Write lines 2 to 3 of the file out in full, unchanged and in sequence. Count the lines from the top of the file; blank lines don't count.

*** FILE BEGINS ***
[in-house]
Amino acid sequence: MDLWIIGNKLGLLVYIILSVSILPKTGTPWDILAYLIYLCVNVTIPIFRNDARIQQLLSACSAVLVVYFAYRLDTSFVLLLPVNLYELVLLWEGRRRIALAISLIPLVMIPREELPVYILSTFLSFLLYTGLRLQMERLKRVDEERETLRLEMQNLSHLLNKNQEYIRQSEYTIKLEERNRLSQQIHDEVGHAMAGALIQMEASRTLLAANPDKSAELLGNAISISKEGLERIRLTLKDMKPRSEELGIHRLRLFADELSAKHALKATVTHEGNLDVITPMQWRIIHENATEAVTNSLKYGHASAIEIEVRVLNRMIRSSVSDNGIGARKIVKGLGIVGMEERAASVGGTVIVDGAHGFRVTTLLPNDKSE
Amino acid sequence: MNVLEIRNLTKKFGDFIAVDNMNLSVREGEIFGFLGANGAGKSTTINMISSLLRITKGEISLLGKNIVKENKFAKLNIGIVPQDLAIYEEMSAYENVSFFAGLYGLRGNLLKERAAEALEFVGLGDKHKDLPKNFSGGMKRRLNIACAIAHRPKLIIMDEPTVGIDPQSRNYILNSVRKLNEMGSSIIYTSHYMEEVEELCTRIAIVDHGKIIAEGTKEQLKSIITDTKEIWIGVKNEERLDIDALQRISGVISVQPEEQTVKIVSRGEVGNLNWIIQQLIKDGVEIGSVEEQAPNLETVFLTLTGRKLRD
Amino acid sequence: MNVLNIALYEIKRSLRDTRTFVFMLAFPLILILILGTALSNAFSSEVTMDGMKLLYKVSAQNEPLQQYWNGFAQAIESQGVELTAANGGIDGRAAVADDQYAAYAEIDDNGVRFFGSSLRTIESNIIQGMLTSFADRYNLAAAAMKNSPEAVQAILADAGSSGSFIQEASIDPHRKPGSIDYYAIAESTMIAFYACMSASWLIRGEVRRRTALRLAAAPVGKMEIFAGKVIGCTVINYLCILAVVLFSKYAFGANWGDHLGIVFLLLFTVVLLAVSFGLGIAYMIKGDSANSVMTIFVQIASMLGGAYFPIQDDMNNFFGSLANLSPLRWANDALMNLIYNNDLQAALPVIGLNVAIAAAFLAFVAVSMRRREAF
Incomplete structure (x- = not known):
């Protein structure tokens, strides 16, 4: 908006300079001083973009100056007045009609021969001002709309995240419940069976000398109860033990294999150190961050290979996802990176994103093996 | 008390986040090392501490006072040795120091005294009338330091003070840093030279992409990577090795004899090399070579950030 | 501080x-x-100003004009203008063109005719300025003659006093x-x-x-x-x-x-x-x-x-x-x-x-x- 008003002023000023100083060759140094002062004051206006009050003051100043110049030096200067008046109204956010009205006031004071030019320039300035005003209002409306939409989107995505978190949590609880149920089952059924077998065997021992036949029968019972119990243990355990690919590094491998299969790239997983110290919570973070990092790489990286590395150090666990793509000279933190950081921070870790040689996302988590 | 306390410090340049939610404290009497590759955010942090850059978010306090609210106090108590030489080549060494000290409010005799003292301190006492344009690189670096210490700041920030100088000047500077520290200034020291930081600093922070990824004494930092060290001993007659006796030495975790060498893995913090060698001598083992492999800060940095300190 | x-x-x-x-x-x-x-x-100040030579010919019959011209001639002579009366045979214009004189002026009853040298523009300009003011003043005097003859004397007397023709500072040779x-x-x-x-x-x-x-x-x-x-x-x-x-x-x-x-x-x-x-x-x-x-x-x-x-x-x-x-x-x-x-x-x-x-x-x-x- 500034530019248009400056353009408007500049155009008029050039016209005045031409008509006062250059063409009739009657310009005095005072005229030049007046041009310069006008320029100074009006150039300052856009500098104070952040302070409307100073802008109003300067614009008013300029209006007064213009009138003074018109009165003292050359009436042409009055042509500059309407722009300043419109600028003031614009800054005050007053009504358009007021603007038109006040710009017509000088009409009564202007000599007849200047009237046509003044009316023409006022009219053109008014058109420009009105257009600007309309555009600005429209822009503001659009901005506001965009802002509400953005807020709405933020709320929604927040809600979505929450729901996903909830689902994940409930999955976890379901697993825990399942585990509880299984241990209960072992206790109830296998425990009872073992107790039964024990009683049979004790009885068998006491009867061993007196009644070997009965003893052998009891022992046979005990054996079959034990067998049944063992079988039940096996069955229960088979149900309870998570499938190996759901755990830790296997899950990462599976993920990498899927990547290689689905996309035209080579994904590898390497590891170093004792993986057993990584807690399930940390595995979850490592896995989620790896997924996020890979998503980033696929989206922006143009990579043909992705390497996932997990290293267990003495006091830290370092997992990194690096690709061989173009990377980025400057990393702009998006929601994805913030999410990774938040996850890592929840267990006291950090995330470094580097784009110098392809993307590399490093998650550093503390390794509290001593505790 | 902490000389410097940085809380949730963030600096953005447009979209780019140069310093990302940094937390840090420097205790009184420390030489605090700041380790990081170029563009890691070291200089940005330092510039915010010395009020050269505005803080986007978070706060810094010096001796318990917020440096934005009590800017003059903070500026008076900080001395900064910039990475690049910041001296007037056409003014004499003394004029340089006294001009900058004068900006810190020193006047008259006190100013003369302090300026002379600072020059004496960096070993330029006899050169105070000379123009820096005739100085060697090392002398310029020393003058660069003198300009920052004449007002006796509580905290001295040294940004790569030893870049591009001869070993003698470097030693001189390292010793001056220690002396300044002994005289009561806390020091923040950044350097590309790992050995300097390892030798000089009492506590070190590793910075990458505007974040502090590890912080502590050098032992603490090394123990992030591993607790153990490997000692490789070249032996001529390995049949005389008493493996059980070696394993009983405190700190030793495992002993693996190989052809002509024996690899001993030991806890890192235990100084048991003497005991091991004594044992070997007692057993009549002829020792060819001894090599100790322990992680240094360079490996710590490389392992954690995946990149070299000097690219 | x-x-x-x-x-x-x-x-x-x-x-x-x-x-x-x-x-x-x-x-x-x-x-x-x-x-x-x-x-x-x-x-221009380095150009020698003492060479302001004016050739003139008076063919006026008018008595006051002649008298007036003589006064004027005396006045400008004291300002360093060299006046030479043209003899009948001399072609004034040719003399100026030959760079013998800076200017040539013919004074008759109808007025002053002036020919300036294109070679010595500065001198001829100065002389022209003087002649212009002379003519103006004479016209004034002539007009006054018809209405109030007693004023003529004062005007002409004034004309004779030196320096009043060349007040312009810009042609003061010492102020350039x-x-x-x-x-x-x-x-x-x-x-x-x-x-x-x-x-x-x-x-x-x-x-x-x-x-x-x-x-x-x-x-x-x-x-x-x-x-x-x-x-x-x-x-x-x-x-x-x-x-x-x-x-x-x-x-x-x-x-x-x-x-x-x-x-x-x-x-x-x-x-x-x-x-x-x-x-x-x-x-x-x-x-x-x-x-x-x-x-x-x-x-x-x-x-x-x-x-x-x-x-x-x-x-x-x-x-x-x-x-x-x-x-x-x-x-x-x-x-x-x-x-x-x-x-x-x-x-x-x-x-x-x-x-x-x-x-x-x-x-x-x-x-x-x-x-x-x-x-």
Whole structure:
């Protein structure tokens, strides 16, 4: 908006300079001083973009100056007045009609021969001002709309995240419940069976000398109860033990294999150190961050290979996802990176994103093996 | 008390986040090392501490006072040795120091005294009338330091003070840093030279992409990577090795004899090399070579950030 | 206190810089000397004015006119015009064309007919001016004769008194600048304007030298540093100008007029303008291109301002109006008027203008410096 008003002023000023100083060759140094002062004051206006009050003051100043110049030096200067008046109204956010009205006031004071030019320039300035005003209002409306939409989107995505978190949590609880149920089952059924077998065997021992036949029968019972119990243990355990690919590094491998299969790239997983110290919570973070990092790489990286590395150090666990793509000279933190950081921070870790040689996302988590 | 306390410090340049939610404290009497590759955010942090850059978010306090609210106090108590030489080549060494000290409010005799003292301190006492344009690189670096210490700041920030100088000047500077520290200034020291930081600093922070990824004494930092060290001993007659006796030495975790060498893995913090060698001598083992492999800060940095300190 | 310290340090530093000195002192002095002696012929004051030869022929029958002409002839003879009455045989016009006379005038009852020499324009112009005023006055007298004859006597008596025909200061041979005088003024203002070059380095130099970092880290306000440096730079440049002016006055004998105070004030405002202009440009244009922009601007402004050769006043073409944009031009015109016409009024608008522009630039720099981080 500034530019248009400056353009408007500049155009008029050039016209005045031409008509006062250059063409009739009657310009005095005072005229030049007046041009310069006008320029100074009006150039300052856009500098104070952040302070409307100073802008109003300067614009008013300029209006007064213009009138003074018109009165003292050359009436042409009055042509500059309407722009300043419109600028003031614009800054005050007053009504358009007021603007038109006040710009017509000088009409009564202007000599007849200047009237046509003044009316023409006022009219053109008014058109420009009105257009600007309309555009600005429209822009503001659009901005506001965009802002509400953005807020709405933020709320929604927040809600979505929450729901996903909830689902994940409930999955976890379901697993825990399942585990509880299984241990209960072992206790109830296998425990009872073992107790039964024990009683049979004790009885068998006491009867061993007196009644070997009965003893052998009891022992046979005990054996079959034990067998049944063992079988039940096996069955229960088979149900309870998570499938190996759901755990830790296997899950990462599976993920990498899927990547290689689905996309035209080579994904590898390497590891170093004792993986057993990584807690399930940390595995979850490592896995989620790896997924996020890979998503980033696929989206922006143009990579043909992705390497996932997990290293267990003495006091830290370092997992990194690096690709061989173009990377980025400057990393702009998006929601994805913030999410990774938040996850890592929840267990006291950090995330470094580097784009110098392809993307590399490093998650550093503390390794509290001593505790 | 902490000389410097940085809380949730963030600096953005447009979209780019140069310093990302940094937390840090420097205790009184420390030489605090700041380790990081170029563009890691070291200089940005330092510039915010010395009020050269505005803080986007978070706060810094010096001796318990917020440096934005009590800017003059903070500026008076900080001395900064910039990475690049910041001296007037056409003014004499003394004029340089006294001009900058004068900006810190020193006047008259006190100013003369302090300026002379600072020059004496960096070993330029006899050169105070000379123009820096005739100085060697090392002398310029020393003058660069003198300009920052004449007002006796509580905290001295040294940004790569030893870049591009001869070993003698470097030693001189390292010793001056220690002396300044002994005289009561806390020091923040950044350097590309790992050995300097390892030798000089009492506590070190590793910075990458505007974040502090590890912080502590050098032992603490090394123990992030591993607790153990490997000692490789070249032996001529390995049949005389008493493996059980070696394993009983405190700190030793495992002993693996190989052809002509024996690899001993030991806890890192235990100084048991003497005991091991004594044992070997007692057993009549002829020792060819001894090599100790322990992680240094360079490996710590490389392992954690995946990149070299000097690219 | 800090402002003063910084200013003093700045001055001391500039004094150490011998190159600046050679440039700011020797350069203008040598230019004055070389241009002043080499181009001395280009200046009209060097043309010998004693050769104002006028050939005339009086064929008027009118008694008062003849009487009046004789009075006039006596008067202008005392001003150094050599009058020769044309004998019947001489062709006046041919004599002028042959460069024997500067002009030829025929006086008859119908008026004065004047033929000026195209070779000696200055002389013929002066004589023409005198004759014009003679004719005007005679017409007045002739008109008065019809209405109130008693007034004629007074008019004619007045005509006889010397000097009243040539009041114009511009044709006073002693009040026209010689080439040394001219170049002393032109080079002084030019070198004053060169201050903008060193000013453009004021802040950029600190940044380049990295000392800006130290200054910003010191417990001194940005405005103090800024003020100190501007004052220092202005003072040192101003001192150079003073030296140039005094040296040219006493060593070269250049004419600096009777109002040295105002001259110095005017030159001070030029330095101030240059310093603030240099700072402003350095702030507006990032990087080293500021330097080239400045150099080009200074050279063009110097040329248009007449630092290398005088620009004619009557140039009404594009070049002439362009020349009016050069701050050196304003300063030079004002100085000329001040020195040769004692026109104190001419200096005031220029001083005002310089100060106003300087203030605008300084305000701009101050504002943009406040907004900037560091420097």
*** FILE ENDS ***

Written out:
Amino acid sequence: MDLWIIGNKLGLLVYIILSVSILPKTGTPWDILAYLIYLCVNVTIPIFRNDARIQQLLSACSAVLVVYFAYRLDTSFVLLLPVNLYELVLLWEGRRRIALAISLIPLVMIPREELPVYILSTFLSFLLYTGLRLQMERLKRVDEERETLRLEMQNLSHLLNKNQEYIRQSEYTIKLEERNRLSQQIHDEVGHAMAGALIQMEASRTLLAANPDKSAELLGNAISISKEGLERIRLTLKDMKPRSEELGIHRLRLFADELSAKHALKATVTHEGNLDVITPMQWRIIHENATEAVTNSLKYGHASAIEIEVRVLNRMIRSSVSDNGIGARKIVKGLGIVGMEERAASVGGTVIVDGAHGFRVTTLLPNDKSE
Amino acid sequence: MNVLEIRNLTKKFGDFIAVDNMNLSVREGEIFGFLGANGAGKSTTINMISSLLRITKGEISLLGKNIVKENKFAKLNIGIVPQDLAIYEEMSAYENVSFFAGLYGLRGNLLKERAAEALEFVGLGDKHKDLPKNFSGGMKRRLNIACAIAHRPKLIIMDEPTVGIDPQSRNYILNSVRKLNEMGSSIIYTSHYMEEVEELCTRIAIVDHGKIIAEGTKEQLKSIITDTKEIWIGVKNEERLDIDALQRISGVISVQPEEQTVKIVSRGEVGNLNWIIQQLIKDGVEIGSVEEQAPNLETVFLTLTGRKLRD